Shaquille be praised.
An Outpost; the Outpost.
Maybe… maybe this time they would let him rest.
Ethaniel’s fingers froze over the quill as something thudded outside the Outpost. Who…? A choked pant rasped, then white fingers gripped the door frame. A narrow, lithe figure stumbled against the shallow steps, crashing to his knees at the threshold. Sweat plastered black hair against tanned skin and salty streaks stained hollowed cheeks. The messenger’s eyes were squeezed shut.
“Ard!” Ethaniel over his shoulder as he jerked to his feet and threw himself over the table, scattering parchments in all directions. Prince above, why would anyone run in such a condition? He’d not seen this one before. The messenger’s fingers slipped and Ethaniel skidded to his knees, catching the figure. Footsteps thudded from the room behind him. He paid them no heed as he pressed the back of his hand against the messenger’s parched skin.
The young man’s lips moved soundlessly, one hand fumbling at the pouch at his side.
“Hush.” Ethaniel grasped his wrist as Ard’s shadow fell over him from behind. “We’ll get the message, never fear. You’re safe now. Relax. We got you. You’re safe.”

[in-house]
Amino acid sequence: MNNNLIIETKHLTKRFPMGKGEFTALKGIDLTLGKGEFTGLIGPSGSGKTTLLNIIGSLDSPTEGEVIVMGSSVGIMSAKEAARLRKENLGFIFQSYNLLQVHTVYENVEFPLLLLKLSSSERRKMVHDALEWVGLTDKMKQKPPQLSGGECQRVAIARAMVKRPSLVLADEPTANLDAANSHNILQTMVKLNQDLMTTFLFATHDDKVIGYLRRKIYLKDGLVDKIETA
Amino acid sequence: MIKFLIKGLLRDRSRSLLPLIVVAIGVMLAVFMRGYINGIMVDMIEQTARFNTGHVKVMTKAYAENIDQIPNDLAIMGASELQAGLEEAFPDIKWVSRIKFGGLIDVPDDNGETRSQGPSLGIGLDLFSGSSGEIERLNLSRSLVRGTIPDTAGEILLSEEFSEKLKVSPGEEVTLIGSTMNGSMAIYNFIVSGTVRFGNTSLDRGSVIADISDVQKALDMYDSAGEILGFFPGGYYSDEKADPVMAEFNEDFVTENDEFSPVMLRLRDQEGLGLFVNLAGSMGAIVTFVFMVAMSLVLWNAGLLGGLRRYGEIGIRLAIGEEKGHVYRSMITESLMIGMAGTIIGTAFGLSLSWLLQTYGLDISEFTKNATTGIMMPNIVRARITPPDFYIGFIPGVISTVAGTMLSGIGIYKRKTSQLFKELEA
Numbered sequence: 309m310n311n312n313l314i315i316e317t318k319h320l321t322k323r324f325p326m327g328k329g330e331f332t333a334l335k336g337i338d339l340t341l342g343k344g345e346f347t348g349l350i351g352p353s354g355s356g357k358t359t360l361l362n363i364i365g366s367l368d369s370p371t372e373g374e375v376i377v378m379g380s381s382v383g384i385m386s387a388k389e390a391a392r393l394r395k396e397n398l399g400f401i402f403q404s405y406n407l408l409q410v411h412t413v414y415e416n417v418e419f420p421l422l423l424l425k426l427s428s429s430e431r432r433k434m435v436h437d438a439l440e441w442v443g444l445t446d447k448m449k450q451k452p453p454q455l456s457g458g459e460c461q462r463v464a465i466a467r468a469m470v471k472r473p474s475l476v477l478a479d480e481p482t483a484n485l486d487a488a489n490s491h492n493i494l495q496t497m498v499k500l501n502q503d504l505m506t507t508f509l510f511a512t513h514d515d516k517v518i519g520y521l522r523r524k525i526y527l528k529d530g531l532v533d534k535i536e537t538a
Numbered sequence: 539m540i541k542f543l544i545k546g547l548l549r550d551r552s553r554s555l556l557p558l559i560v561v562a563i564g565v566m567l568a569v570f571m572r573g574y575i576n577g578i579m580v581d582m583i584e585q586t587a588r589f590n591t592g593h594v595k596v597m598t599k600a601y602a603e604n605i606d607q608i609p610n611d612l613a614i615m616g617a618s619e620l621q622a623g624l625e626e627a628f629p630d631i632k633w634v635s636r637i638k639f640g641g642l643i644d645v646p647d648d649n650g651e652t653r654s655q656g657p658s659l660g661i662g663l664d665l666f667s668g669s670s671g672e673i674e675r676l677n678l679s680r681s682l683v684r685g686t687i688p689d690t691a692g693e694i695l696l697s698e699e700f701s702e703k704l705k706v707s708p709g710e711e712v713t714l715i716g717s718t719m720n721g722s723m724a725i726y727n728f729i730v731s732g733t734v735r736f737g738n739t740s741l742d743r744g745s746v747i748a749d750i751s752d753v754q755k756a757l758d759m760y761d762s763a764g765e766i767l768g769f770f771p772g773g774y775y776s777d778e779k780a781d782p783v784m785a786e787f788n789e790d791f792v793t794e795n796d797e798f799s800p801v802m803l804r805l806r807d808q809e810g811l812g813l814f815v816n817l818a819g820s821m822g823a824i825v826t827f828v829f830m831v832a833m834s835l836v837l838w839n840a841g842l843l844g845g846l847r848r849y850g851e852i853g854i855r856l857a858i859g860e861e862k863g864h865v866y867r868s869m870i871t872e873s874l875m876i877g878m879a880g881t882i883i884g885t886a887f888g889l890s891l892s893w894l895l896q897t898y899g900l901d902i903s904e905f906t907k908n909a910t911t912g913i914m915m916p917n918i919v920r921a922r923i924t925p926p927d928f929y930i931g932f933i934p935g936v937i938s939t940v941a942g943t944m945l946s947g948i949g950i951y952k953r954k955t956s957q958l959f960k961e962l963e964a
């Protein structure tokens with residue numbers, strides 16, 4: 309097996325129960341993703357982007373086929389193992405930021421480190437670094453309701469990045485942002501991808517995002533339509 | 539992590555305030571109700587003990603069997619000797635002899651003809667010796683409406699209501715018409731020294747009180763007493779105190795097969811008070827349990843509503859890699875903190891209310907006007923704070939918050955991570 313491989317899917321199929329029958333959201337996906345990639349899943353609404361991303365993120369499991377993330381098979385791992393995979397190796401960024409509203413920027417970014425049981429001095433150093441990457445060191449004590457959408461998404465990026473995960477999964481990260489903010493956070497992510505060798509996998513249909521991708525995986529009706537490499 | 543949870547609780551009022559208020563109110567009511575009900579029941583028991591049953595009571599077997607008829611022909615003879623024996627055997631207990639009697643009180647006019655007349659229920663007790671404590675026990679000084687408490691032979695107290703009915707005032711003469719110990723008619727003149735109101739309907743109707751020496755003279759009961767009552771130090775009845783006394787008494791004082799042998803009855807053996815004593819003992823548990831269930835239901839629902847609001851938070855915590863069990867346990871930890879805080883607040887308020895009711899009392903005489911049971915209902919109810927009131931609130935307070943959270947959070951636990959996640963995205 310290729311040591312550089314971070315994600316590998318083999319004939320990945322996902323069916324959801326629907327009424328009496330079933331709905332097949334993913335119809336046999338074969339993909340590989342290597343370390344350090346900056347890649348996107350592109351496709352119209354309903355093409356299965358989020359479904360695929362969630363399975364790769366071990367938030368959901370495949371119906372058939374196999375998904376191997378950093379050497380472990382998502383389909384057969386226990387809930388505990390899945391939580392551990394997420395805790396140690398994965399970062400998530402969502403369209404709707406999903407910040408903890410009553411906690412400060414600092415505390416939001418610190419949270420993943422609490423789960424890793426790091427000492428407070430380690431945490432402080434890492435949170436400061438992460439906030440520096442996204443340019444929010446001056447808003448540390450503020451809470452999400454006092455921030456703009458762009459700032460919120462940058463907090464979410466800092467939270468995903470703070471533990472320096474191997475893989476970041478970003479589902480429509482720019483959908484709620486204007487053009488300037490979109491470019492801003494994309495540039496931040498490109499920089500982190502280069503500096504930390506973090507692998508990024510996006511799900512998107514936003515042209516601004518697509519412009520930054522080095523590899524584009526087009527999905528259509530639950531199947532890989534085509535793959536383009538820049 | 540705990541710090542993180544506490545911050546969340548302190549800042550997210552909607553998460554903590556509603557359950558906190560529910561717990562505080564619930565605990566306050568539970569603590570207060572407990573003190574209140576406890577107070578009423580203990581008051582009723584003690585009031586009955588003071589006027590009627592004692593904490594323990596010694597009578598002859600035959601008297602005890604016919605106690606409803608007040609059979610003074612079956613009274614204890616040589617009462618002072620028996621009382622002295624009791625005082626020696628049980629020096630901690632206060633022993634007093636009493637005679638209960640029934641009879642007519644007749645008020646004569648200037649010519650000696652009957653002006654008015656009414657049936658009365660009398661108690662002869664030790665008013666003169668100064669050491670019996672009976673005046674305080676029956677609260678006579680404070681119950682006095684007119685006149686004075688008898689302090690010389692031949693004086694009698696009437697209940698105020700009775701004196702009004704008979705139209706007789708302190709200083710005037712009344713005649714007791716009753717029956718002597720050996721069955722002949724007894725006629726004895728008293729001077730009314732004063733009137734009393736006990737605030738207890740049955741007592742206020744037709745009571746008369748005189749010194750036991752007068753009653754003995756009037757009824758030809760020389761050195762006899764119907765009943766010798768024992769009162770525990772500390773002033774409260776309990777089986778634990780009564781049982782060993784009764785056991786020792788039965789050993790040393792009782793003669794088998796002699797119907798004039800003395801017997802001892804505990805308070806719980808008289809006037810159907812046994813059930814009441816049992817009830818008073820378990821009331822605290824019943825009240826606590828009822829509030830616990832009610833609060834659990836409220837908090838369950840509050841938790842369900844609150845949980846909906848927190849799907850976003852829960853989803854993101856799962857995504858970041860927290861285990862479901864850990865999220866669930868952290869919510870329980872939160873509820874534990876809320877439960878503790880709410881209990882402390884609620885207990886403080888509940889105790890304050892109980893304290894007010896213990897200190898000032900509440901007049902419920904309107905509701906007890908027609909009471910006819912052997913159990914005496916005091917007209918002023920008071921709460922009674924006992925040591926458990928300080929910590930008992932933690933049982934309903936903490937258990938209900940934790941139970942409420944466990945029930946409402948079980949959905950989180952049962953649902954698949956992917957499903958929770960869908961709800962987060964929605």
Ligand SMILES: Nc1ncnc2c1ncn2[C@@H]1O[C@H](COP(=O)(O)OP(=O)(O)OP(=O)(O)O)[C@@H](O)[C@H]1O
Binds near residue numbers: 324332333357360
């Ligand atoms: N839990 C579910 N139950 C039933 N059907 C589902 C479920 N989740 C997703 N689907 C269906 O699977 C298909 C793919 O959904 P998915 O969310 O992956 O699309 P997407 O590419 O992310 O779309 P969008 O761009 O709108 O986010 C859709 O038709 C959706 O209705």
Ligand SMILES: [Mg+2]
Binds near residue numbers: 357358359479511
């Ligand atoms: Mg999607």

The words drifted through a haze.
Keros trembled. He was so cold; so hot. A distant voice murmured, steady as the rain on a summer day. He blinked, peeling back his eyelids. The shadows were still there, thicker now. Green eyes stabbed through them as a pale face bent over him. Anxious, worried eyes. Why did they worry?
How… why were the eyes over him? He’d fallen, somehow. He needed to get up. He needed… an arm wrapped tightly around his shoulders, sheltering him; shielding him.
Fingers twisted around the chain about his neck.
Heat stabbed through Keros’s chest.
He tried to twist away, but he couldn’t move; couldn’t even see now. The heavy weight of his medallion slipped from his chest and somewhere a voice muttered a slur of derision.